A person must have “capacity” in order to enter into a legally binding contract with respect to land. Two of the most common contracts with respect to real estate include a Contract of Purchase and Sale which is used to purchase or sell real estate or a Residential Tenancy Agreement which is used to lease real estate.
Mental capacity is the ability to make decisions and understand the consequences of those decisions. The determination of whether a person has capacity is a legal test (although medical evidence is sometimes helpful) with respect to whether or not a person has the ability to understand and manage their own affairs. The assessment is highly individualized and is fact specific. Certain acts or decisions require more capacity then others. For this reason, the degree of capacity required varies depending on what the individual is doing (Ex. entering into a contract, making a will, making a power of attorney, dealing with financial affairs, dealing with personal or medical affairs, etc.). Capacity is also not black and white – a person who is starting to have a decline in mental capacity may have good days and bad days. Capacity may come and go and then come back again.
If an owner of land does not have capacity at the relevant time, his or her interest in the land cannot be dealt with (sold, leased, etc.) unless another person has been validly appointed to deal with the incapacitated owner’s assets. This can be done in two ways:
- Power of Attorney: An attorney may be appointed by the owner under the Power of Attorney Act while he or she still has capacity to make a power of attorney. In determining whether the owner has the capacity, the common law (court/judge-made law) as well as Sections 11 and 12 of the Power of Attorney Act must be considered. The process to make a power of attorney is generally relatively fast and inexpensive as compared to the committeeship process discussed below. Please note that the Land Title Act and Land Title Office have extremely strict rules for the form, content and execution of power of attorneys for use with respect to real estate. Accordingly, it is prudent to retain a lawyer with experience in estate planning and real estate transactions to prepare your power of attorney.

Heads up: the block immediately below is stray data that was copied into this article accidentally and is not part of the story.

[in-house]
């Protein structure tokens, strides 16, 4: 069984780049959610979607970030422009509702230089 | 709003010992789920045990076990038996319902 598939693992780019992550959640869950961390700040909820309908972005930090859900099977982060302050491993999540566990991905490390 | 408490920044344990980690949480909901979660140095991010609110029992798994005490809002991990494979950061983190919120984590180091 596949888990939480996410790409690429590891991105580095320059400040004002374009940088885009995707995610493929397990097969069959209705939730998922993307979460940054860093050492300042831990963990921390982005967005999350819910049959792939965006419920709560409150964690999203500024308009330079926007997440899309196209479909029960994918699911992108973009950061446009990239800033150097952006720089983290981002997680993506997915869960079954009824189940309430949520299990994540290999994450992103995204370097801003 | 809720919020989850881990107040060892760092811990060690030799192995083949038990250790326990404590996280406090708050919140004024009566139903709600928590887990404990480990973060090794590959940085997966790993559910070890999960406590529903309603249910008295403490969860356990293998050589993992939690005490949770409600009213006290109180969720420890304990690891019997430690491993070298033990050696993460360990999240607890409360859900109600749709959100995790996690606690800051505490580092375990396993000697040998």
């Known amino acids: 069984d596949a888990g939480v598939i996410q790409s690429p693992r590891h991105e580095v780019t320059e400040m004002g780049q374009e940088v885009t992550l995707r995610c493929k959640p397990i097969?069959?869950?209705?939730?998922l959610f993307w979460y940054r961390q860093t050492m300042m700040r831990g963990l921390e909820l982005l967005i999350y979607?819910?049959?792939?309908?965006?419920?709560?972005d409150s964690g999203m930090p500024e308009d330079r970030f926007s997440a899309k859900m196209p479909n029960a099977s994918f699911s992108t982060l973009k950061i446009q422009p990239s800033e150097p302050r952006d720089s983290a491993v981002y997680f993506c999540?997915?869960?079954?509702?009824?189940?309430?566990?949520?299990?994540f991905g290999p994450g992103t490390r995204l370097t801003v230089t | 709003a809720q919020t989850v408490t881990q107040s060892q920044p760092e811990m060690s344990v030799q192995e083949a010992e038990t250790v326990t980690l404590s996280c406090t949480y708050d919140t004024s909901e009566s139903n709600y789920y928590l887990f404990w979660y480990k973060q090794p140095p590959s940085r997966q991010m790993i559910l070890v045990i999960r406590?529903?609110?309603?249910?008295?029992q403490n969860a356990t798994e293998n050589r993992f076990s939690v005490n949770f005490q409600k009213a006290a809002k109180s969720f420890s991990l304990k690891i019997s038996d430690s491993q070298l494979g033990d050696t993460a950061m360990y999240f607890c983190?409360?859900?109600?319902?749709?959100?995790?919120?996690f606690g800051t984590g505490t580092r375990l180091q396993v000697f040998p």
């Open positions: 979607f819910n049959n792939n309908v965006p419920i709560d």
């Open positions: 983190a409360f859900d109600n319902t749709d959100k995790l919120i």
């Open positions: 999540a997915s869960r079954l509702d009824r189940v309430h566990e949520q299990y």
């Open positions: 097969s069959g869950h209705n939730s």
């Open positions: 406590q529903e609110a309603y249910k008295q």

- Committeeship: A committee of estate may be appointed by the Supreme Court of British Columbia under the Patients Property Act after the owner has lost capacity. The committeeship application process is standardized and requires statutory declarations (sworn statements of facts) from at least two medical professionals confirming that the owner has lost capacity. This process can be quite time consuming and expensive, particularly if the application is contested (for example, if related parties do not agree on who should be appointed as committee).
Having an incapacity plan in place is extremely important. For example, consider the scenario in which a person (we will call him John) suddenly develops Alzheimer’s, loses capacity and needs to move from his private residence to a more supported living/care facility. If John created a power of attorney effective for dealing with his or her real estate prior to losing capacity, John’s attorney could promptly take the steps necessary to refinance and/or sell John’s home and use the proceeds to fund John’s ongoing care. If John did not create a power of attorney prior to losing capacity, the Supreme Court of British Columbia may appoint a committee of estate to handle the refinance and/or sale of John’s home. Until a committee is appointed, no one would be authorized to deal with John’s home (or bank accounts). Accordingly, John’s family and/or friends would have to pay for John’s care out of pocket during the interim period. Delays in appointing a committee may also affect John’s eligibility for the principal residence exemption from capital gains tax and the applicability of the speculation and vacancy tax, specifically whether John would be eligible for an exemption under the residential care exemption (for a period of up to 2 years) or the medical reason exemption. For more information regarding the requirements for these exemptions from the speculation and vacancy tax, please visit: https://www2.gov.bc.ca/gov/content/taxes/property-taxes/speculation-and-vacancy-tax/exemptions-speculation-and-vacancy-tax/individuals
If you have questions regarding the implications of the loss of capacity or incapacity planning, please feel free to reach out to one of our lawyers practicing in the area of estate planning, which can take months or years depending on the circumstances.
Author: Danielle (Dani) Brito
This information is general in nature only. You should consult a lawyer before acting on any of this information. This information should not be considered as legal advice. To learn more about your legal needs, please contact our office at (250)448-2637 or any of our lawyers practicing in the area of estate planning and estate administration at the following:Jennette Vopicka: email@example.com Danielle (Dani) Brito: firstname.lastname@example.org Jane Otterstrom: email@example.com Sasha Platz: firstname.lastname@example.org